April 12, 2019
Each year, more than 55,000 Americans are diagnosed with pancreatic cancer. Despite being the one of the most heavily researched and well-understood cancers, it remains one of the most difficult cancers to treat — and among the deadliest.
Dr. Jonathan Brody, the Director of Surgical Research and Co-director of the Jefferson Pancreatic, Biliary, and Related Cancer Center, explored this challenge on April 10 at Chestnut Hill College. Dr. Brody spoke as part of college’s 26th Annual Biomedical Distinguished Lecture Series. The lecture, organized by biology professor Dr. Lakshmi Atchison, was presented to a packed audience of community members, alumni, and students at the college’s St. Joseph Hall.
Dr. Brody began Wednesday’s lecture with some sobering context for the audience. After asking for a show of hands for who had been affected by cancer (almost every hand in the room shot up), he noted that pancreatic cancer is now the third-leading cause of cancer-related death in the United States. Of the 55,000 people afflicted by this cancer annually, 44,000 will succumb to the disease, making it among the deadliest cancers.
The pancreas is an organ that is part of the digestive system. Located in the abdomen, it helps regulate blood glucose, break down nutrients, and neutralize stomach acids. This harsh environment helps the pancreas do its job, but as Dr. Brody noted, it’s also a significant component of why this cancer is so difficult to treat.
Using the analogy of the natural world, Dr. Brody observed that most cancers thrive in the lush environments of the body where they can grow. The pancreas, in comparison to most places, is more like a desert: “Pancreatic cancer develops in a harsh setting, which is why it is resilient to so many therapies.” It metastasizes particularly easily for this reason: almost anywhere else in the body is a more favorable environment than the pancreas.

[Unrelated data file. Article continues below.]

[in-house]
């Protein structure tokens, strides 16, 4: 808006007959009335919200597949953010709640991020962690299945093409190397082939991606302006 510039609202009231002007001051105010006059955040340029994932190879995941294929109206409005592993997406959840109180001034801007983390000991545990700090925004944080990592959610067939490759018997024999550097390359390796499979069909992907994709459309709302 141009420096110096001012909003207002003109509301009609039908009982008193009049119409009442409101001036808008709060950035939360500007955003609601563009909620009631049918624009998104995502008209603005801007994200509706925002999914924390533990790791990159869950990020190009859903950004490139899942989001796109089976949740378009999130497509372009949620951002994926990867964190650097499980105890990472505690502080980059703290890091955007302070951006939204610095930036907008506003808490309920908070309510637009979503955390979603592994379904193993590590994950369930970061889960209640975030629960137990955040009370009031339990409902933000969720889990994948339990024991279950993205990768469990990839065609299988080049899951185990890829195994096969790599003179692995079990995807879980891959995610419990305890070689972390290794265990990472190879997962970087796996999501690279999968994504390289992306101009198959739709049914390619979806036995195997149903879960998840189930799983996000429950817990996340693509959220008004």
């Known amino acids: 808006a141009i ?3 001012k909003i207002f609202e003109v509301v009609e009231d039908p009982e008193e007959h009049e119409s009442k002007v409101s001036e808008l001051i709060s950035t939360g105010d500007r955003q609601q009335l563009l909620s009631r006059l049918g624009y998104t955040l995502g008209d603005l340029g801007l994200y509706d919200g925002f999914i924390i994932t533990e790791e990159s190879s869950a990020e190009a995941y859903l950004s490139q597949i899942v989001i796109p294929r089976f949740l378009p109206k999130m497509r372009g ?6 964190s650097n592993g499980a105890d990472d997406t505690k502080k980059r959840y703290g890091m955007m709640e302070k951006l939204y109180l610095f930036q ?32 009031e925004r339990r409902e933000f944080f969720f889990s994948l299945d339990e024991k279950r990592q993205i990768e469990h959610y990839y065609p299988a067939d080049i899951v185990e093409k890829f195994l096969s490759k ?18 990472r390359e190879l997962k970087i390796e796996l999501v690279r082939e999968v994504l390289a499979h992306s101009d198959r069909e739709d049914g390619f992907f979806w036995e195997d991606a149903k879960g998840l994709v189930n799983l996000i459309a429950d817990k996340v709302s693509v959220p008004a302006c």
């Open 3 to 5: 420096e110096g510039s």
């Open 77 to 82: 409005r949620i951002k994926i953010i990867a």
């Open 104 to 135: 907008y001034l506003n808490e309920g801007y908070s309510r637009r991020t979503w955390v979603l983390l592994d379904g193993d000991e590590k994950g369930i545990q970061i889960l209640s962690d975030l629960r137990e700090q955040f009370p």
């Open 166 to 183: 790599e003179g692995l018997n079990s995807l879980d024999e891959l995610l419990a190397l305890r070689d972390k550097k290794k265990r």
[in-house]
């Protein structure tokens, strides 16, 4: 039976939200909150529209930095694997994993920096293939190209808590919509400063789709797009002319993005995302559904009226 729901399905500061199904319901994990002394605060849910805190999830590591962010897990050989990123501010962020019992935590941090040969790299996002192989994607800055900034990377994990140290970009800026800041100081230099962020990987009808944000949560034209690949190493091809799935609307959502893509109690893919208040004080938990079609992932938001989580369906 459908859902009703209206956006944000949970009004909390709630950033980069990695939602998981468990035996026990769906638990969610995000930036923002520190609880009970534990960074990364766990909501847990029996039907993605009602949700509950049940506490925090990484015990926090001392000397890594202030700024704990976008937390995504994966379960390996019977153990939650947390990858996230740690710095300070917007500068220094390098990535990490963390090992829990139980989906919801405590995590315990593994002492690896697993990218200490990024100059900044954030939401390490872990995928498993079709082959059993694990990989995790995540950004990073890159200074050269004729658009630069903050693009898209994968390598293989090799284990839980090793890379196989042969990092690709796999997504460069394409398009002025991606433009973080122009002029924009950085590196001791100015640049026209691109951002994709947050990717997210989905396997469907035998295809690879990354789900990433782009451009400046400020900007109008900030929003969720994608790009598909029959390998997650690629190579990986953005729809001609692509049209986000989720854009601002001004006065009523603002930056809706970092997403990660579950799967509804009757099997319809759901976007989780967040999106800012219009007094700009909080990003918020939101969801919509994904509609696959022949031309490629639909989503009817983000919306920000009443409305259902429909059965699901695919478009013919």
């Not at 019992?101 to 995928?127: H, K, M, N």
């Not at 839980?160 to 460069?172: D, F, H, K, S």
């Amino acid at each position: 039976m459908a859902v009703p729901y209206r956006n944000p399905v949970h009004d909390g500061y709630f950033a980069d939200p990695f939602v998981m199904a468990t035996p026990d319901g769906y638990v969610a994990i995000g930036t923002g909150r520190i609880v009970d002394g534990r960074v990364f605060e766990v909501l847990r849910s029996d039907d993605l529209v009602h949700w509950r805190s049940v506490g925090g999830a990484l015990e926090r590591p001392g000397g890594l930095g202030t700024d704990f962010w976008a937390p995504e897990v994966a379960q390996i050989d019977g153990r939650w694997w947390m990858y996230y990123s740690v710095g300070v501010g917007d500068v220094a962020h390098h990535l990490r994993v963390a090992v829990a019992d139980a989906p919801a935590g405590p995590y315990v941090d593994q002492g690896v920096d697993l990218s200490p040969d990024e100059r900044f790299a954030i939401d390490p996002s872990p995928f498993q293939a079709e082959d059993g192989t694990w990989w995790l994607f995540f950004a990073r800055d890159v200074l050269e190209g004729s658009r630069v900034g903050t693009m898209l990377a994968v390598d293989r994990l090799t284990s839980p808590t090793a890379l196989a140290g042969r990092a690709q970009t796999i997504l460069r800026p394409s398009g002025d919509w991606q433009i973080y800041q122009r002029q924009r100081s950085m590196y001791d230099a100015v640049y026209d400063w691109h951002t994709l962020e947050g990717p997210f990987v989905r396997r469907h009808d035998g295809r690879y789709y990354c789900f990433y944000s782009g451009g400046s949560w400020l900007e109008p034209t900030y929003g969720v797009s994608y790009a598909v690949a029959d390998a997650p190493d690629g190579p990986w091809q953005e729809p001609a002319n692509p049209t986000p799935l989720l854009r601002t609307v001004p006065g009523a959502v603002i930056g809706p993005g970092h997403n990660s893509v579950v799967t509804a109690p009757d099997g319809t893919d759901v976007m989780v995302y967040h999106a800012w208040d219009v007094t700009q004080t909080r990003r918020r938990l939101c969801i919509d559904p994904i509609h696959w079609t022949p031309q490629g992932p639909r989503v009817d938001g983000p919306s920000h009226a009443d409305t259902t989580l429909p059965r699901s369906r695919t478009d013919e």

Dr. Brody shared the timeline of pancreatic cancer with the audience, which begins 20 years before the cancer can be diagnosed. An initiation event triggers the cell mutations that eventually become the cancer, and the current paradigm is to identify the cancer, and treat it aggressively. Despite this approach, the five-year survival rate remains only 9 percent. As far as a cure goes? Only 1 to 2 percent of pancreatic cancer patients are “cured” (have the same lifespan as cancer-free peers), even when diagnosed in the earliest stages.
Pancreatic cancer was genetically sequenced in the early 1990’s. That research provided a deep understanding of the cancer, but even 30 years later, researchers have fundamentally not learned anything new. Modern technology speeds the process of sequencing each person’s disease, but other advances remain limited — largely because, while deadly, the cancer affects relatively few people.
At the same time, each person’s cancer is unique, and must be treated that way. In pursuit of this effort. Dr. Brody’s lab conducted an initiative, “Know Your Cancer,” which sequenced 1,200 different tumors around the country. This research revealed that 50 percent of the mutations in these cancers were actionable, with 25 percent of them “highly actionable” – meaning there was a therapy available to treat them.
Because pancreatic cancer has so many possible mutations, identifying all of these specific sequences is vital to a specific patient finding a cure. And, Dr. Brody noted, since pancreatic cancers can continue to mutate after treatment begins, having awareness of all the different mutations is essential. Dr. Brody is spearheading future initiatives to set up clinical trials and advance molecularly targeted therapy to apply this research.
Before taking questions, Dr. Brody closed his remarks by pointing out that while there are some obvious assumptions regarding precision therapy, the non-obvious ones may be where the cure lies: that current and future researchers must look beyond genomics and rethink rapid tumor evolution. This thought provoked serious thought among the audience: long after Dr. Brody’s lecture concluded, students were still surrounding him in St. Joseph Hall, peppering him with questions.